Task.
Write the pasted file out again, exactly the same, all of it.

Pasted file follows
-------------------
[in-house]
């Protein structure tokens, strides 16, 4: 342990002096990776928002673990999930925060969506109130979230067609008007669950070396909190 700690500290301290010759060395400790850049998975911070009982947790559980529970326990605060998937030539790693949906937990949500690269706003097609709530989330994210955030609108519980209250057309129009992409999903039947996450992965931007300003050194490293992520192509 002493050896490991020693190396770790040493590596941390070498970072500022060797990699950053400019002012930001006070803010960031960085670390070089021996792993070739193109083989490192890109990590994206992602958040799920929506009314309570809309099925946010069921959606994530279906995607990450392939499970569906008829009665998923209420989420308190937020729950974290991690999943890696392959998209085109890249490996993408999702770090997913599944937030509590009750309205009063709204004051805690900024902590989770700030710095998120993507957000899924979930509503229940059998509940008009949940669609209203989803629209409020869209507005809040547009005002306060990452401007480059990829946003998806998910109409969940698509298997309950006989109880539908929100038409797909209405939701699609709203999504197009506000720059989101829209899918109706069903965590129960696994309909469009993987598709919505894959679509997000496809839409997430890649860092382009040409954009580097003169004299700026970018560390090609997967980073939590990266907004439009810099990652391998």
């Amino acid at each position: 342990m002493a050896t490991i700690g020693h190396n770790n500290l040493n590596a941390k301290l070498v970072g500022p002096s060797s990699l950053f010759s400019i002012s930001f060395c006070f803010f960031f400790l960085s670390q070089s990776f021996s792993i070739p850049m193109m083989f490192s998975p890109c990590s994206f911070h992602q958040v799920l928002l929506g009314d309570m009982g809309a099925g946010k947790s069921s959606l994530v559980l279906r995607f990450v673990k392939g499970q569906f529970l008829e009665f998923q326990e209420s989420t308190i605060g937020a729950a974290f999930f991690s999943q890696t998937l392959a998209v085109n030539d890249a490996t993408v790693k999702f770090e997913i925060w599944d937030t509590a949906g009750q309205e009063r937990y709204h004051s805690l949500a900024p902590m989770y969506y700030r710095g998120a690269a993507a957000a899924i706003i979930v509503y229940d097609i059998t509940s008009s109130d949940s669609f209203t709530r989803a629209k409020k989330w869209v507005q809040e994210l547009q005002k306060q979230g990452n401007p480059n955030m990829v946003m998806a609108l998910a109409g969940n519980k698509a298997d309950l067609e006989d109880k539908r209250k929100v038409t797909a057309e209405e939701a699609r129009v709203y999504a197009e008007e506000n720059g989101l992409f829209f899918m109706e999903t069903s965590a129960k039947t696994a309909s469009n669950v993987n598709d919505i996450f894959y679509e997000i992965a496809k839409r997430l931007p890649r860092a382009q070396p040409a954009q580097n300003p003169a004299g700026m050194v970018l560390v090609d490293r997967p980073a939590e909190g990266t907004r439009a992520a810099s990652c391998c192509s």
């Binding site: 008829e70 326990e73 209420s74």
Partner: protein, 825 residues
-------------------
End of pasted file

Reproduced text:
[in-house]
């Protein structure tokens, strides 16, 4: 342990002096990776928002673990999930925060969506109130979230067609008007669950070396909190 700690500290301290010759060395400790850049998975911070009982947790559980529970326990605060998937030539790693949906937990949500690269706003097609709530989330994210955030609108519980209250057309129009992409999903039947996450992965931007300003050194490293992520192509 002493050896490991020693190396770790040493590596941390070498970072500022060797990699950053400019002012930001006070803010960031960085670390070089021996792993070739193109083989490192890109990590994206992602958040799920929506009314309570809309099925946010069921959606994530279906995607990450392939499970569906008829009665998923209420989420308190937020729950974290991690999943890696392959998209085109890249490996993408999702770090997913599944937030509590009750309205009063709204004051805690900024902590989770700030710095998120993507957000899924979930509503229940059998509940008009949940669609209203989803629209409020869209507005809040547009005002306060990452401007480059990829946003998806998910109409969940698509298997309950006989109880539908929100038409797909209405939701699609709203999504197009506000720059989101829209899918109706069903965590129960696994309909469009993987598709919505894959679509997000496809839409997430890649860092382009040409954009580097003169004299700026970018560390090609997967980073939590990266907004439009810099990652391998």
């Amino acid at each position: 342990m002493a050896t490991i700690g020693h190396n770790n500290l040493n590596a941390k301290l070498v970072g500022p002096s060797s990699l950053f010759s400019i002012s930001f060395c006070f803010f960031f400790l960085s670390q070089s990776f021996s792993i070739p850049m193109m083989f490192s998975p890109c990590s994206f911070h992602q958040v799920l928002l929506g009314d309570m009982g809309a099925g946010k947790s069921s959606l994530v559980l279906r995607f990450v673990k392939g499970q569906f529970l008829e009665f998923q326990e209420s989420t308190i605060g937020a729950a974290f999930f991690s999943q890696t998937l392959a998209v085109n030539d890249a490996t993408v790693k999702f770090e997913i925060w599944d937030t509590a949906g009750q309205e009063r937990y709204h004051s805690l949500a900024p902590m989770y969506y700030r710095g998120a690269a993507a957000a899924i706003i979930v509503y229940d097609i059998t509940s008009s109130d949940s669609f209203t709530r989803a629209k409020k989330w869209v507005q809040e994210l547009q005002k306060q979230g990452n401007p480059n955030m990829v946003m998806a609108l998910a109409g969940n519980k698509a298997d309950l067609e006989d109880k539908r209250k929100v038409t797909a057309e209405e939701a699609r129009v709203y999504a197009e008007e506000n720059g989101l992409f829209f899918m109706e999903t069903s965590a129960k039947t696994a309909s469009n669950v993987n598709d919505i996450f894959y679509e997000i992965a496809k839409r997430l931007p890649r860092a382009q070396p040409a954009q580097n300003p003169a004299g700026m050194v970018l560390v090609d490293r997967p980073a939590e909190g990266t907004r439009a992520a810099s990652c391998c192509s």
């Binding site: 008829e70 326990e73 209420s74």
Partner: protein, 825 residues